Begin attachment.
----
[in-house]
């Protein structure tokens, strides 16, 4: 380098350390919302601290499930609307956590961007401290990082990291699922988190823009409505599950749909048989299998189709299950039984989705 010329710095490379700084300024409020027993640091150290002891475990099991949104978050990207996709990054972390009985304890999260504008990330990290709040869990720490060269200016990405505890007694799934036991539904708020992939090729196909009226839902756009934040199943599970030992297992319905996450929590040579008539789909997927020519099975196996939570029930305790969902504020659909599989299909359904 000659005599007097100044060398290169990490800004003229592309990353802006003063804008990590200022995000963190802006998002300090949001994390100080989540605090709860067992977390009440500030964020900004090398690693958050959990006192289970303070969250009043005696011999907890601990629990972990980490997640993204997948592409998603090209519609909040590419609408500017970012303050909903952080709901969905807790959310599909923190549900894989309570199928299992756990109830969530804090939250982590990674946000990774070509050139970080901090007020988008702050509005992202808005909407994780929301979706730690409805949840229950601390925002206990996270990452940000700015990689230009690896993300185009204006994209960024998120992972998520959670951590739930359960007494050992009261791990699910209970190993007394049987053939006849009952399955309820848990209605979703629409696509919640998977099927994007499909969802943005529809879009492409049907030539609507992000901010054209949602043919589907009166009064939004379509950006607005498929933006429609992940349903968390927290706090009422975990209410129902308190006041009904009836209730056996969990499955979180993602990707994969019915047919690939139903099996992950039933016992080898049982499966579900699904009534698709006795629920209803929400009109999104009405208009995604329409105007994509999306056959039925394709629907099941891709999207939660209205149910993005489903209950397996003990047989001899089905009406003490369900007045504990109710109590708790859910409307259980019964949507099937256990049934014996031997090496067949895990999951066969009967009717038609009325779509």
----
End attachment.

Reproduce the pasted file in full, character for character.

[in-house]
């Protein structure tokens, strides 16, 4: 380098350390919302601290499930609307956590961007401290990082990291699922988190823009409505599950749909048989299998189709299950039984989705 010329710095490379700084300024409020027993640091150290002891475990099991949104978050990207996709990054972390009985304890999260504008990330990290709040869990720490060269200016990405505890007694799934036991539904708020992939090729196909009226839902756009934040199943599970030992297992319905996450929590040579008539789909997927020519099975196996939570029930305790969902504020659909599989299909359904 000659005599007097100044060398290169990490800004003229592309990353802006003063804008990590200022995000963190802006998002300090949001994390100080989540605090709860067992977390009440500030964020900004090398690693958050959990006192289970303070969250009043005696011999907890601990629990972990980490997640993204997948592409998603090209519609909040590419609408500017970012303050909903952080709901969905807790959310599909923190549900894989309570199928299992756990109830969530804090939250982590990674946000990774070509050139970080901090007020988008702050509005992202808005909407994780929301979706730690409805949840229950601390925002206990996270990452940000700015990689230009690896993300185009204006994209960024998120992972998520959670951590739930359960007494050992009261791990699910209970190993007394049987053939006849009952399955309820848990209605979703629409696509919640998977099927994007499909969802943005529809879009492409049907030539609507992000901010054209949602043919589907009166009064939004379509950006607005498929933006429609992940349903968390927290706090009422975990209410129902308190006041009904009836209730056996969990499955979180993602990707994969019915047919690939139903099996992950039933016992080898049982499966579900699904009534698709006795629920209803929400009109999104009405208009995604329409105007994509999306056959039925394709629907099941891709999207939660209205149910993005489903209950397996003990047989001899089905009406003490369900007045504990109710109590708790859910409307259980019964949507099937256990049934014996031997090496067949895990999951066969009967009717038609009325779509």